If you want to keep tabs on inflation, the primary way to do so in the United States is via the Consumer Price Index (also known as the “CPI.”) CPI was created by economists who monitor the costs of goods and services. Tracking the cost of every available good and service in the marketplace is an impossible task, so economists have found another way to track and model inflation numbers. They have chosen a particular range of items and services that they consider to be “staples” for a hypothetical model consumer, and then track changes in pricing for those items and services over time. The list of items and services that economists track is considered to be the CPI “market basket.” Goods and services included in this “market basket” include things like basic food and beverages, housing costs, bedroom furniture, apparel, transportation expenses, medical care costs, recreational expenses (such as the cost of admission to museums), toys, educational and communications expenses, as well as other items you may find surprising, such as the cost of tobacco, haircuts, and funerals. The increase in price of the “market basket” over time is known as consumer price inflation.

    A graph from the Bureau of Labor Statistics that shows the 12-month percentage change in the Consumer Price Index. The first category is "all items," which has increased a little under 10%. The second category is "food," which has increased slightly over 10%. The third category is "energy," which has risen over 30%. The final category is "all items less food and energy," which has risen just over 5%.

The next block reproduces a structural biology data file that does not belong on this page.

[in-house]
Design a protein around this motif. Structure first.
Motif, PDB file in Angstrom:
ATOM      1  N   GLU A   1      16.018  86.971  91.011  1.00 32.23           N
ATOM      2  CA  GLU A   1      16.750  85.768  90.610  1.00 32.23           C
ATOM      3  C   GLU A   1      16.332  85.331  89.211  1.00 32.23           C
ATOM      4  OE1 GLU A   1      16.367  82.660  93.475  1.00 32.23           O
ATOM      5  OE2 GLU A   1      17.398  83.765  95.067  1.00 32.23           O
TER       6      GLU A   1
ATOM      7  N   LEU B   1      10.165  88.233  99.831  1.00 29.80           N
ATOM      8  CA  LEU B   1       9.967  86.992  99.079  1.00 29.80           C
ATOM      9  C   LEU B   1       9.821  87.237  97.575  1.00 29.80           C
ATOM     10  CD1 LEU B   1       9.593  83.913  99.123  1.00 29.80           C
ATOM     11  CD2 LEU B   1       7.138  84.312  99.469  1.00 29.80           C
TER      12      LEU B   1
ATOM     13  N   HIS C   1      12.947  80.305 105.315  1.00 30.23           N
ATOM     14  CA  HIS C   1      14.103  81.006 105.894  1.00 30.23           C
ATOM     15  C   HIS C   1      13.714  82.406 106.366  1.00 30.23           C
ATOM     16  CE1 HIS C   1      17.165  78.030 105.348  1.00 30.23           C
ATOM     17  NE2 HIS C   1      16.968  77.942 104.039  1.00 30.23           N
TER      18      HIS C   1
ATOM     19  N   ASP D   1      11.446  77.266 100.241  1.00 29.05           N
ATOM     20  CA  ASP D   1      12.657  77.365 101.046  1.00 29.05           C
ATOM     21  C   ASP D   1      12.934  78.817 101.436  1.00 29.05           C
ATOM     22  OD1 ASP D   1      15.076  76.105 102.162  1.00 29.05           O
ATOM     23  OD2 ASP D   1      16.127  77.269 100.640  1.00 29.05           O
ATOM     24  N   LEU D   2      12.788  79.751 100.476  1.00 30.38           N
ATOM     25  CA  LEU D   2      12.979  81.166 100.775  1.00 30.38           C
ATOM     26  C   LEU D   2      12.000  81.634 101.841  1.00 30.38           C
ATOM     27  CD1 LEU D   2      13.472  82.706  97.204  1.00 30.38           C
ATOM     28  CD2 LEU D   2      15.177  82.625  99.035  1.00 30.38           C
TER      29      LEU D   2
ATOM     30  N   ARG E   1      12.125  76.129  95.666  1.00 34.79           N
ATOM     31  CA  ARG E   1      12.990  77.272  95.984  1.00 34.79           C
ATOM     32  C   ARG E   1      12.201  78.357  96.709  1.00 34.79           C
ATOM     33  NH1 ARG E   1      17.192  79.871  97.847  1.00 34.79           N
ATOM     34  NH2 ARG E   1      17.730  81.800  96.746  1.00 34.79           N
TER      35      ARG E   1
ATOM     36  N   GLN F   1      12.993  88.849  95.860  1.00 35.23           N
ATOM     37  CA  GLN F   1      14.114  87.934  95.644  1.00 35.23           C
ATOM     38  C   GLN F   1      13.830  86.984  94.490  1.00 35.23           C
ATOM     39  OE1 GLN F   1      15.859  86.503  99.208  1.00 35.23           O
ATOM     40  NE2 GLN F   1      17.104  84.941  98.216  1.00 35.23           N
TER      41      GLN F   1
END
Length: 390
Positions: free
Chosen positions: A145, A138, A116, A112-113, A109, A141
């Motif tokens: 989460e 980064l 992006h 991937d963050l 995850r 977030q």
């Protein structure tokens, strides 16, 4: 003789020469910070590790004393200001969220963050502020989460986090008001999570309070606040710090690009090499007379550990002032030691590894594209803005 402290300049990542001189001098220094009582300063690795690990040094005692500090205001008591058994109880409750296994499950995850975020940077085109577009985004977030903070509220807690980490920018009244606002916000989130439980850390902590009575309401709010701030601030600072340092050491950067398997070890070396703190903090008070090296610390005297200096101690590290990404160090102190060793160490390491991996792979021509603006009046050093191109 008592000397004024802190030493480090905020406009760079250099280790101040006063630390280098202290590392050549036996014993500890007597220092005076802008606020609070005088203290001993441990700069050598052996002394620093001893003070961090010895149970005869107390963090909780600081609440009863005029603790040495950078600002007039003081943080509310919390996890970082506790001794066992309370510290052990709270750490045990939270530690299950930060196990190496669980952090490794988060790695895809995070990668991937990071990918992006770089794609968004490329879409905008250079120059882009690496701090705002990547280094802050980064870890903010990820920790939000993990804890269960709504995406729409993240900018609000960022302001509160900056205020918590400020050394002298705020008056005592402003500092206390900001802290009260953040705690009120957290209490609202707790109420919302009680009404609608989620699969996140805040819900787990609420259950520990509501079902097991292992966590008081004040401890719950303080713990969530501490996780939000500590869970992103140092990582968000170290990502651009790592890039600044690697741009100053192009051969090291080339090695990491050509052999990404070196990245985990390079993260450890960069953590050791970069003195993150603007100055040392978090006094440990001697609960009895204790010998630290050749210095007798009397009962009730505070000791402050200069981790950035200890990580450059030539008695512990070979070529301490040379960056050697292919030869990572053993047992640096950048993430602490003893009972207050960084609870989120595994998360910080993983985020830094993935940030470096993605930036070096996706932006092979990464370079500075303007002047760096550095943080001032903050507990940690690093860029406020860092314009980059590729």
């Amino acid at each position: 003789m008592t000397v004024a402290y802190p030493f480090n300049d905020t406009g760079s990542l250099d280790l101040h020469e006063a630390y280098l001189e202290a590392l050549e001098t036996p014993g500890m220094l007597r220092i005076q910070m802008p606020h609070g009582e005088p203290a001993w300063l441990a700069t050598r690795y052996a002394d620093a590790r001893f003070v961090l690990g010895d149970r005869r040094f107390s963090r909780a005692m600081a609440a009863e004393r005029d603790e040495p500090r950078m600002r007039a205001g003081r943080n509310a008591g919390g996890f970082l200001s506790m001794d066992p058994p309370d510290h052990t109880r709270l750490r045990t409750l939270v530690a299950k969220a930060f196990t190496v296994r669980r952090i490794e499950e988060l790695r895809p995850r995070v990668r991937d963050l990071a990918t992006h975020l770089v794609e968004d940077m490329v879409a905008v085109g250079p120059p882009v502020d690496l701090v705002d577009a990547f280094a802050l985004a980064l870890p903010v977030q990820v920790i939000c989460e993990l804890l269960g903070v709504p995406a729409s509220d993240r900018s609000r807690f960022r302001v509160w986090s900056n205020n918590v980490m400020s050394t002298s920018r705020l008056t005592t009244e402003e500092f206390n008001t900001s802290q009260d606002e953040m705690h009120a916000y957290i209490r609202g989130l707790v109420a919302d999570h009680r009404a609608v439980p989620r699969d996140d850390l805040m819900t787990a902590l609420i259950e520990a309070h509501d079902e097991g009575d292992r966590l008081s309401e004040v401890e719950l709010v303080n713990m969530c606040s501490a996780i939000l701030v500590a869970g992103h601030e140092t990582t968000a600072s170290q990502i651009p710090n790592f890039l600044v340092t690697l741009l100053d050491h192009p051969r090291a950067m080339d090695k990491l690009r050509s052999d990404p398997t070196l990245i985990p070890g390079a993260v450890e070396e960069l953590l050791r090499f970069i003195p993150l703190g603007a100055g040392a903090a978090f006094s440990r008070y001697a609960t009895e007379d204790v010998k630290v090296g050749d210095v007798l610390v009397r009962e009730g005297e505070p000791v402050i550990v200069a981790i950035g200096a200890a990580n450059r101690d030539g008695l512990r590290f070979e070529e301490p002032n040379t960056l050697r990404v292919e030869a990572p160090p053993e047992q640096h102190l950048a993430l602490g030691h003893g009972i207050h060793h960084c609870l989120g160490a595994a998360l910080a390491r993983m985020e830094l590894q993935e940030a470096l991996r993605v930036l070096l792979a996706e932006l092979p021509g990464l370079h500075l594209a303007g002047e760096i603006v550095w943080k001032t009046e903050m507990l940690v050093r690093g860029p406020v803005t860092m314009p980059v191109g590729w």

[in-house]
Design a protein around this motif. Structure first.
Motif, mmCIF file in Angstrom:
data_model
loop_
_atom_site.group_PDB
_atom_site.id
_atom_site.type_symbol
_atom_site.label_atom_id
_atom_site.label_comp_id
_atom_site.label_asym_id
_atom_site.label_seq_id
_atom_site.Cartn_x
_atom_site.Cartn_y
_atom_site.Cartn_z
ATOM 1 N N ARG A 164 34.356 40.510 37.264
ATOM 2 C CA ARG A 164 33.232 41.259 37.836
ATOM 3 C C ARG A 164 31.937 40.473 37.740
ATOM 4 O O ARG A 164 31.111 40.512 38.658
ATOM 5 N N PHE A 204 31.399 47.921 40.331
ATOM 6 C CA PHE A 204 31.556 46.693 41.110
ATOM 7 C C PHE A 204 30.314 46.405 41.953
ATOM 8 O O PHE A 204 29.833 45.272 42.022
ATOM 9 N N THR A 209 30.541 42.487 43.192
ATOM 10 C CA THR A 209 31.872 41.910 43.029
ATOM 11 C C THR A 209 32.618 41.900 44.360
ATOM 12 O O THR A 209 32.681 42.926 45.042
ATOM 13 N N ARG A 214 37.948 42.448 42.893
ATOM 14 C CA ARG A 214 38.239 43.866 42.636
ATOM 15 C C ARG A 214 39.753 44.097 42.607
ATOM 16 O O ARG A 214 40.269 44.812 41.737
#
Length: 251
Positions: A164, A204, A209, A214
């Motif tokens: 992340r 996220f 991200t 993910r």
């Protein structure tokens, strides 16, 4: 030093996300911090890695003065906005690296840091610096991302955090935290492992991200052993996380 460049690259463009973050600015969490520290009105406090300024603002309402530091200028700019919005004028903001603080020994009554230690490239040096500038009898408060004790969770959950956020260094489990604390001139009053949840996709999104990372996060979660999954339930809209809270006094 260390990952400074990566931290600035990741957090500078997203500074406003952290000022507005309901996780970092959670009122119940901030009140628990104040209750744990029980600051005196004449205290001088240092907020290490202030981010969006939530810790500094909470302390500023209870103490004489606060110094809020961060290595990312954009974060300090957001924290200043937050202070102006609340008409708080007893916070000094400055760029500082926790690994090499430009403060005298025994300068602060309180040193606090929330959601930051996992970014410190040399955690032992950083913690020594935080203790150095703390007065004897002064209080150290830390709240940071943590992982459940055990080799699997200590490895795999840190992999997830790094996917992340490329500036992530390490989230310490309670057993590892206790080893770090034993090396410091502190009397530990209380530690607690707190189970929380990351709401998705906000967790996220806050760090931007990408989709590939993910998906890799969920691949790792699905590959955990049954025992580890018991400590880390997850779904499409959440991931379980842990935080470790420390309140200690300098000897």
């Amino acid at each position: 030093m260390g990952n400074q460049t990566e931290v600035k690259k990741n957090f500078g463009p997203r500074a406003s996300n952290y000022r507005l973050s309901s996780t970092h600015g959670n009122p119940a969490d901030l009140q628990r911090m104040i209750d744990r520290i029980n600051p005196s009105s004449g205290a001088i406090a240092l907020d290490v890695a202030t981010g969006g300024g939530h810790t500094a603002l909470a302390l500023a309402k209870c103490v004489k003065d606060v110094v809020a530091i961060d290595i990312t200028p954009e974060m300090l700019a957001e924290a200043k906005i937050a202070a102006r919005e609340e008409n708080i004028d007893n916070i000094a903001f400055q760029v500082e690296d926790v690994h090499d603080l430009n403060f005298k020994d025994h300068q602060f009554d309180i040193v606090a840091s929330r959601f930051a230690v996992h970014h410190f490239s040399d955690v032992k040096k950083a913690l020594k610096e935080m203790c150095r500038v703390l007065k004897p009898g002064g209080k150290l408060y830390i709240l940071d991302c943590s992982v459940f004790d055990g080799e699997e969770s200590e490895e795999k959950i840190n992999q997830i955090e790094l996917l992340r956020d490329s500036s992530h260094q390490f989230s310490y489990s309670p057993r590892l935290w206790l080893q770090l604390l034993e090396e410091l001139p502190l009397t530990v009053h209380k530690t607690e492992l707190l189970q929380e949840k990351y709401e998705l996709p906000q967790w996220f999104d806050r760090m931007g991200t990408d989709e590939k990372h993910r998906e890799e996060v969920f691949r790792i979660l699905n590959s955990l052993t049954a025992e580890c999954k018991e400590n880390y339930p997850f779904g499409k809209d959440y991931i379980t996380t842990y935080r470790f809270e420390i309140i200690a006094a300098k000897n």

This chart shows the twelve-month percentage change in pricing in certain CPI “market basket” categories as of July 2022. Source: U.S. Bureau of Labor Statistics.

    Keep in mind that even though this “market basket” is meant to be a general indicator of price changes over time, it has limitations, and may not reflect the impacts of inflation on populations who have particular unique consumption habits. The most relevant limitation regarding the interests of farmed animal sanctuaries is that CPI is focused on the consumption habits of urban individuals rather than those in more rural areas where sanctuaries are more likely to reside. To learn more about the limitations, check out this article.

    As far as relevance to sanctuary work goes, CPI may not reflect how the rising prices of animal food impact animal sanctuaries and rescues. Hay costs, for example, are not likely included in the “market basket” used to calculate CPI. Also, it’s sometimes hard to know how rising costs of items in the “market basket” can have secondary effects on items that are not included. For example, the rising cost of fertilizer may indirectly affect the cost of hay. To learn more about variable and fixed costs that can impact hay pricing, check out this article.

    Anecdotal accounts from sanctuaries suggest that when it comes to inflation right now in the summer of 2022, most are experiencing serious impacts, specifically regarding food costs for residents. Sanctuaries have noted that duck food has gotten much more expensive, as have high-quality chicken foods. Similarly, the secondary impact of increases in fuel costs alone has affected costs of items like bedding such as straw, as well as transport costs for rescues, residents, and caregivers. Sanctuaries and rescues also note increased costs for veterinary care and animal medications. Animal caregivers are also experiencing cost of living expenses rising, which can impact them significantly!